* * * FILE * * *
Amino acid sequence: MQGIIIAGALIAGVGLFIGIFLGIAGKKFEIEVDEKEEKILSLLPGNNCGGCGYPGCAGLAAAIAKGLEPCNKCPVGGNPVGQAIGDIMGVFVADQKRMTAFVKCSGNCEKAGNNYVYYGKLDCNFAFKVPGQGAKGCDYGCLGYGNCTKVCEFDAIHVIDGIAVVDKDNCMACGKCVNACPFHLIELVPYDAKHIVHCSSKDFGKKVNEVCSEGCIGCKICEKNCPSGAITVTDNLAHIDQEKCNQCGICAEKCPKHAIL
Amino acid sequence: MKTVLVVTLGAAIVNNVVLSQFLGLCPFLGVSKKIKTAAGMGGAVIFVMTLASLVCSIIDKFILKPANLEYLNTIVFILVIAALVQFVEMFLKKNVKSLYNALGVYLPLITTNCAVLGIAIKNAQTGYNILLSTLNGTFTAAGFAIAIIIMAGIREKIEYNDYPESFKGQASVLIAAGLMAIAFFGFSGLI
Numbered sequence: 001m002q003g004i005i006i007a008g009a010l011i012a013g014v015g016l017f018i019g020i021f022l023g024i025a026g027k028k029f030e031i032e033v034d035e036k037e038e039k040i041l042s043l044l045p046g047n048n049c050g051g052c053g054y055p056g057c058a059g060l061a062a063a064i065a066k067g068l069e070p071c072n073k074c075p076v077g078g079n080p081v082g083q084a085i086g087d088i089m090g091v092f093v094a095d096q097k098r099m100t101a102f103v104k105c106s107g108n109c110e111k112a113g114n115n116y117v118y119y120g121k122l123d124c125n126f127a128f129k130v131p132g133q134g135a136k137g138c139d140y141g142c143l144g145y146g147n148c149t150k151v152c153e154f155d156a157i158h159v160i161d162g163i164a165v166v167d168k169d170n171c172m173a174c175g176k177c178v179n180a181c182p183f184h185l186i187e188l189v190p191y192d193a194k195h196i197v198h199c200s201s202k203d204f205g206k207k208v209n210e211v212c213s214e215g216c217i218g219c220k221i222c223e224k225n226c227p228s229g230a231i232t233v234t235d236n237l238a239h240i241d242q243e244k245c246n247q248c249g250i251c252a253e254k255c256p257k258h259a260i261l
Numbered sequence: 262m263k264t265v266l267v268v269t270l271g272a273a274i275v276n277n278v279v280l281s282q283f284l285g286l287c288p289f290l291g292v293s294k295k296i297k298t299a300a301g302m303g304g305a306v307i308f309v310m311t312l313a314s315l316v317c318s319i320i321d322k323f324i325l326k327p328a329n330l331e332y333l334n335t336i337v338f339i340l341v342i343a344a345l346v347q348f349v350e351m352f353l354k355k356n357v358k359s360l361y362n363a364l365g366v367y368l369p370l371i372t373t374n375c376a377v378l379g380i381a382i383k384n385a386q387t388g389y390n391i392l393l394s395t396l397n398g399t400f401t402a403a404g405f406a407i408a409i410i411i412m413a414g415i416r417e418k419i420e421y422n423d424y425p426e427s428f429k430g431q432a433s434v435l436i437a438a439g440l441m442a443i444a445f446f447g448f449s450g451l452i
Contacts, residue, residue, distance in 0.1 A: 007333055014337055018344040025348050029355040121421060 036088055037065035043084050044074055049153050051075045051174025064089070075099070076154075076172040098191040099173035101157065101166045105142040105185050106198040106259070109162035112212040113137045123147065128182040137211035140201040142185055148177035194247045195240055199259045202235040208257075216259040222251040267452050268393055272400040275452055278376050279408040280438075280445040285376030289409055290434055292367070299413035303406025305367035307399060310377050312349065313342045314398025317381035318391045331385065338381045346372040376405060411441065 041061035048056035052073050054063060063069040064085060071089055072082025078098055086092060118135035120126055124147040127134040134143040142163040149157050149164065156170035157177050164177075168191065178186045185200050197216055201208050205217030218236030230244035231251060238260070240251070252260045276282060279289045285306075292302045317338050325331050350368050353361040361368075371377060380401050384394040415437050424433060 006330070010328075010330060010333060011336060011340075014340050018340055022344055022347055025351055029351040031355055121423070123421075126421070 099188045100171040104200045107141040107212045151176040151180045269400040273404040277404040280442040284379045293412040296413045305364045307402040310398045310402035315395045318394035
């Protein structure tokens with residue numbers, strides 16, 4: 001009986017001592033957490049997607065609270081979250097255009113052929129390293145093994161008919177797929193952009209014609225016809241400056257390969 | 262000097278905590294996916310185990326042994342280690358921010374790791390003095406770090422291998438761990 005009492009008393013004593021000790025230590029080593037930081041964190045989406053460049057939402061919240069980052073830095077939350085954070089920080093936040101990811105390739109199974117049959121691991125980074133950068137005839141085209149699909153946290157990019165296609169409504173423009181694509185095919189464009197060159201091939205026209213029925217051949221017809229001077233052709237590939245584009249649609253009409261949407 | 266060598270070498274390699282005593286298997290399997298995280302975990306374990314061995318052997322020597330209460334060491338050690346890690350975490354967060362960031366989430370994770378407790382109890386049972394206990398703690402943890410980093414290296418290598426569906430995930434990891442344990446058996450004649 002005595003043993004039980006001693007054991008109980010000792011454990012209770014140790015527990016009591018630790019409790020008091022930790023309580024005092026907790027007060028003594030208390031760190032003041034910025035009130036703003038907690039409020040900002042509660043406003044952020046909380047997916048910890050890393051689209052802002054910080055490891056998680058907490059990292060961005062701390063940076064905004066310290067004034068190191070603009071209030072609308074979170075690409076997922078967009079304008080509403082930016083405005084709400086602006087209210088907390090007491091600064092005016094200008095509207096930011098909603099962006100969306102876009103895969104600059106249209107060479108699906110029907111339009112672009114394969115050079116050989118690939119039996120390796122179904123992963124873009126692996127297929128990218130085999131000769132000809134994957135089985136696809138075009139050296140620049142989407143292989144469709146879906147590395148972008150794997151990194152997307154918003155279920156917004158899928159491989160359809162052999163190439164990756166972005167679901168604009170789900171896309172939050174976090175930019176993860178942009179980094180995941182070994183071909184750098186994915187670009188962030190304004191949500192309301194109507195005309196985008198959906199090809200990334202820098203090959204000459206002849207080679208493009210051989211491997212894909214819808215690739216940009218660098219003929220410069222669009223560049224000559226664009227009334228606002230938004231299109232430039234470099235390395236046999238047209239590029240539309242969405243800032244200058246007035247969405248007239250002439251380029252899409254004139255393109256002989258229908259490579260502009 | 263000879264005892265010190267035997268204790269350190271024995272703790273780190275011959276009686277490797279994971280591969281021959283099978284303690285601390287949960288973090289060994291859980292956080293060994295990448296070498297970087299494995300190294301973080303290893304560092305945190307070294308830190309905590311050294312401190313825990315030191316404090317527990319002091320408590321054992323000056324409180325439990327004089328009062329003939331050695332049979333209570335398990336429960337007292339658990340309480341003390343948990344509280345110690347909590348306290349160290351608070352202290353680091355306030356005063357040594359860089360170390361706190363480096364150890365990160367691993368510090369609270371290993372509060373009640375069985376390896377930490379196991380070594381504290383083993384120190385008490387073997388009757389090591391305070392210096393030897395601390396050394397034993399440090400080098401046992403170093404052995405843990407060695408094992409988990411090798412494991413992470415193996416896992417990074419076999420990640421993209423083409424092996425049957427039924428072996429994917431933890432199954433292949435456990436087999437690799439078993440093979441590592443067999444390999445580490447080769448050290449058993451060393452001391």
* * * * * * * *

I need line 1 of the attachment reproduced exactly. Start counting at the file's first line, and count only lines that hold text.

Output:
Amino acid sequence: MQGIIIAGALIAGVGLFIGIFLGIAGKKFEIEVDEKEEKILSLLPGNNCGGCGYPGCAGLAAAIAKGLEPCNKCPVGGNPVGQAIGDIMGVFVADQKRMTAFVKCSGNCEKAGNNYVYYGKLDCNFAFKVPGQGAKGCDYGCLGYGNCTKVCEFDAIHVIDGIAVVDKDNCMACGKCVNACPFHLIELVPYDAKHIVHCSSKDFGKKVNEVCSEGCIGCKICEKNCPSGAITVTDNLAHIDQEKCNQCGICAEKCPKHAIL